that is so strange to see. Just last night I was driving with my girlfriend in Arvada CO just north of Denver and I saw a billboard that said "have you seen Ted lately." when I read it I said WHO THE F*^% is TED. very cool.
I think Tilton has done an excellent job so far.... how many people can turn an airline around that was loosing up to 20 millon a day into earning an operating profit each day with in the time frame he has done it in???? Not many....
There are many things that have been improved at UAL, however they still have a long way to go and there's much they still need to work on to improve....But with Tilton as CEO I reckon we'll defenitely see them out of bankruptcy on a healthy road again sometime next year...... The TED stuff is just something that they need on their plan to help them come out of bankruptcy even if it's not successful in the long run.
And I guess those extra gates UAL own in Denver will be used by TED now......too bad for F9...
I think both of the airlines tie there since none of them got what they really wanted. And yes, United has been having some tough competition from Frontier - until they'll be able to fight back with Ted.
As for the name Ted, I really don't think people (customers) care what the name is.... Look at Song - not exactly a brilliant name, but look how successful they are becoming, and it's hard to believe it's becoming a recognized brand which people are beginning to like. Some people prefer to fly on a major airlines product than just any old LCC if the airfare is close or matched. These days the number one thing people look for is the "cheapest air fare available" and some of the time the majors are matching those fares with LCC's, or they are pretty close, but it's tough on them since the LCC's are in a different business than the majors with lower operating cost. It's kind of like one arm is being pulled down and the other is being pulled up...not very comfortable. The majors LCC's will allow them to relax a little and give the other LCC's a little bit of their own type of competition...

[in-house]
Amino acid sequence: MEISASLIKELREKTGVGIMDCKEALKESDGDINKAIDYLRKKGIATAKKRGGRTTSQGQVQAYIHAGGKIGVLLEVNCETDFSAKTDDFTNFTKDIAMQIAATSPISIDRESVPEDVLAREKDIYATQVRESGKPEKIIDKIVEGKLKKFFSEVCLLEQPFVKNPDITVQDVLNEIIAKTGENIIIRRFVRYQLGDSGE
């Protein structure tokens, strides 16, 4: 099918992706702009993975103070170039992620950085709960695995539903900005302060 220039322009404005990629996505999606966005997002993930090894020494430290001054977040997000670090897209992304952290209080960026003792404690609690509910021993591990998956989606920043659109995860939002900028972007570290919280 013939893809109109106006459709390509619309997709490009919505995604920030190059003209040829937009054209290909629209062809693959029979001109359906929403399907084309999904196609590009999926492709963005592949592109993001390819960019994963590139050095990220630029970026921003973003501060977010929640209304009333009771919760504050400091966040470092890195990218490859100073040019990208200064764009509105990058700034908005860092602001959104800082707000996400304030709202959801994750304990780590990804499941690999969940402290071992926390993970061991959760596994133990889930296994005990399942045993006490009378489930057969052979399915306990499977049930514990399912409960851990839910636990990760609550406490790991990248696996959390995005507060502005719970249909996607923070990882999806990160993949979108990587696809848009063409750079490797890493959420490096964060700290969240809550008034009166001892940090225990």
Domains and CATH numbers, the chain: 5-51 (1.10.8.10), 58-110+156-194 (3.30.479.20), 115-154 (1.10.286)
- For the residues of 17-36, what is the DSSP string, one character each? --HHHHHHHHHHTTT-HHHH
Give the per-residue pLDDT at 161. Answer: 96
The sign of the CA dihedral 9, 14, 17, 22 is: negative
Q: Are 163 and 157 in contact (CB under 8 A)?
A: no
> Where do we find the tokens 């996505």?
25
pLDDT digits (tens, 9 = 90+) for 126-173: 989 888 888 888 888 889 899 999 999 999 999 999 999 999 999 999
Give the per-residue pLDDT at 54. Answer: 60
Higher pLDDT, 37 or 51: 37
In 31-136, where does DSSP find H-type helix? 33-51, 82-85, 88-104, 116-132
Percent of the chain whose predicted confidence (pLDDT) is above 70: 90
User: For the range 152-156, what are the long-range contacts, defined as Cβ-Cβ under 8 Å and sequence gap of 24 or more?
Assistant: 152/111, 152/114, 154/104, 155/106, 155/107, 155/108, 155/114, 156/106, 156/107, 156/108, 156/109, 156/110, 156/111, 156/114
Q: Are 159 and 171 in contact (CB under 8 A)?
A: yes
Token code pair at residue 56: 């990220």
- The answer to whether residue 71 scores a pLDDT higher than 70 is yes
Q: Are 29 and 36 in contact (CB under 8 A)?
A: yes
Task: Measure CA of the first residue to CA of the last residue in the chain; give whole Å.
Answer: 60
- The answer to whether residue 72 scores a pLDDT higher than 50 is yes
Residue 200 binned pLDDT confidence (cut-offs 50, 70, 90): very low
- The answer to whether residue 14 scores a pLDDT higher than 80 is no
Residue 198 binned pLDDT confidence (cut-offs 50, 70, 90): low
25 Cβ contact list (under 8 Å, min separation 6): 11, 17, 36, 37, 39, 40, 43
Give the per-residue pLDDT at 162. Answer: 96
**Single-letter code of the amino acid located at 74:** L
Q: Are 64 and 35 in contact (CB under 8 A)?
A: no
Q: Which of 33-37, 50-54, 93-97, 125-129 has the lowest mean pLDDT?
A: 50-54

More Questions About TED: Regardless of advertising, key questions remain blissfully unanswered about Ted. (Or Starfish, Blowfish, or whatever this thing is going to be called.) Question one: how can Ted get lower costs when every major factor in the expense mix is reportedly the same as mainline? Fast turns? Not likely if the traffic depends on more than just Denver O&D. More seats? That doesn't make flying the plane any cheaper, in fact, it could deter premium passengers entirely. Question two: what's the effect of inter-mingling different products to the same customers, at the same connecting hub? For example, the Premier Executive passenger from Seattle connecting at Denver on his way to Phoenix. SEA-DEN, he gets mainline, upgraded to first class. Then his connecting flight to PHX plunges him into the murky denim-Marlboro-beer-and-potato-chip world of "Ted." It doesn't seem to make sense, and it's all painfully similar to the United Shuttle fiasco. Some folks in the media are asking the same questions of United and getting no answers, either. (We covered this a couple of weeks ago. Click Here.)
American's CEO last week again made the observation that an LCC sub-fleet of 25 or 50 airplanes cannot do much to change the fortunes of a carrier operating over 700 aircraft. But then again, he could be wrong. After all, United is paying its outside advisors plenty - according to the Denver Post, one advisor is billing his time at over $1,100 per hour - so maybe there's something we're all missing. And maybe it's just United's senior management missing good sense. One has to wonder how much money and energy is being diverted from turning around United's mainline operations just to start a funky 40-airplane non-low-cost LCC.
But the whole idea behind the Ted advertising is to "create a buzz." That may be prophetic. "Buzz" was the name of KLM's LCC.
Well, one thing's for sure. From an advertising standpoint, the Ted campaign worked. We're all talking about it. Consulting companies are dissecting whether it means anything. It's in the media.
Of course, just because the advertising works doesn't mean that the company will do squat. Remember the shooting gerbils out of a cannon ad for Cyberian Outpost? Or the sock puppet for Pets.com? Great ads, but since the business model was flawed, all the advertising in the world didn't do squat.
[ QUOTE ]
From an advertising standpoint, the Ted campaign worked.
[/ QUOTE ]
Whether it worked or not depends on what the aim is. If the aim is to just create a buzz, I would say it's doing it's job. I would hope that the aim was to bring on MORE repeat passengers, well, that remains to be seen.
First off, from a marketing standpoint. This TED campaign is simply brilliant. It has done exactly what they wanted it to do and all of us are eating right up.
The only problem is the expectations they are creating could come back and bite them in the rear because if they don't deliver the product that they are boasting then there will be many more Frontier passengers and TED will be DEAD.
This will also create more jobs and help boost the economy in the Denver area.
On a similar note Denver Int. has come to a compromise on the gate battle between Frontier and United. Instead of a $300,000,000 airport expansion they narrowed it down to a $192,000,000 expansion. Here is the article: